• Burner: 0.02 gallons liquefied petroleum gas (LPG – mostly propane) per bushel per percentage point of moisture removed. For dryers that use natural gas, the equivalent number would be about 0.0184 cubic feet of natural gas per bushel per percentage point of moisture removed.
      • Fans: 0.01 kWh electricity per bushel per percentage point of moisture removed.

      In a U of MN survey of farmers after the 2019 growing season, farmers reported grain moisture ranged from 18 to 34% for corn that was planted in June. An early frost compounds the risk of a high grain moisture at harvest when planting is delayed.

      It is important farmers consider their ability to artificially dry wet grain and dryer and storage capacity when considering to plant corn past the last planting date for crop insurance. Combining high moisture grain can slow down harvest and may also result in higher than normal harvest losses.

    • Field conditions at planting – If wet conditions persist, farmers may be faced with the decision to plant corn in less-than-ideal conditions. “Mudding in” a crop can result in significantly reduced root systems in corn, which can pre-dispose the corn to further stress, reduced ability to take up nutrients and moisture, and ultimately reduced yield potential. When adjusted for planting date, corn yields were 2 bu/ac and 10 bu/ac lower when planting conditions were “slightly wet” and “very wet”, respectively, compared to “good” in the U of MN survey of farmers after the 2019 growing season.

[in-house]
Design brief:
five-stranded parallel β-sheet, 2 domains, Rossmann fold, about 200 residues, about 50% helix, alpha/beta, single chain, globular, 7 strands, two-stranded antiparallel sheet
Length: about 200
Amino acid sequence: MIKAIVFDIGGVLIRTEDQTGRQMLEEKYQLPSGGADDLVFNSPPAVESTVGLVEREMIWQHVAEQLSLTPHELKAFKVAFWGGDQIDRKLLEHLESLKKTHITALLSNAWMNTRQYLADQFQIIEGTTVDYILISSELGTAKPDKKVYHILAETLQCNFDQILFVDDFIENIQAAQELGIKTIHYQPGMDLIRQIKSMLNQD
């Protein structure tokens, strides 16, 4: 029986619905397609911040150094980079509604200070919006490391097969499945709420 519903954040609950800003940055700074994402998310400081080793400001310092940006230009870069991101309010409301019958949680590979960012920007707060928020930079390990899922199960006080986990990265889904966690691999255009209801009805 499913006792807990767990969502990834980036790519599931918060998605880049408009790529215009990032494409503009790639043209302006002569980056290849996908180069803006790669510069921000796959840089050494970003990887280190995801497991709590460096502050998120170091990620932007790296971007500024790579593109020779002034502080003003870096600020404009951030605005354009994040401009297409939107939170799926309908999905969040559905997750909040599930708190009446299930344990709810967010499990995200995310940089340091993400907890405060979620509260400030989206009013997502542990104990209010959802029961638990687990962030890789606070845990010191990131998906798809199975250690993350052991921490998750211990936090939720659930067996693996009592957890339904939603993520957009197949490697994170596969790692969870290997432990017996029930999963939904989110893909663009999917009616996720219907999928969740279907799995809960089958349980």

• Pest pressure – If corn is planted much later than normal, it may be at greater risk from pests that you normally haven’t had to deal with. For example, late planted corn may be more susceptible to injury from black cutworm or true armyworm. For the most recent reports, see the Black cutworm reporting network.
    • Seeding rate – It is recommended to follow best management practices for corn regardless of planting date, targeting a final stand of 32,000 to 34,000 plants per acre.
    • Need corn for feed/forage or to meet marketing commitments: If you are a livestock producer who needs corn for feed or forage, or if you have contracted grain for delivery, this affects the decision process. If you don’t have the production, what options do you have to meet these needs (and at what cost)?

    Whether or not to plant soybean late:

    For a discussion on important yield and relative maturity considerations, see Delayed soybean planting.

    Whether or not to switch from corn to soybean

    • Impact on rotation – If you typically follow a corn/soybean rotation, switching from corn to soybean will mean that you will now be planting soybeans after soybean. A review of almost 750,000 fields across the Midwest found an average yield penalty of 10.3% for planting continuous soybean (Seifert, Roberts, and Lobell. 2017. Agron. J. 109(2): 541 – 548).
    • Impact on diseases – Multiple years of soybean encourages soil-borne diseases like soybean cyst nematode (SCN) and sudden death syndrome (SDS). Soybean disease issues are likely a key factor in the yield penalty observed with continuous soybean. Avoiding soybean on soybean is strongly encouraged to help manage these diseases.
    • Field inputs to date – If N (nitrogen) was applied for corn already, the available N can be utilized by the soybean although it will provide little benefit to soybean (in the process soybean will fix less of its own N via the nodules). Corn will make the most economic use of N applied.

    If corn herbicides were applied to date, this will limit what crops can be planted as any rotational restrictions must be followed.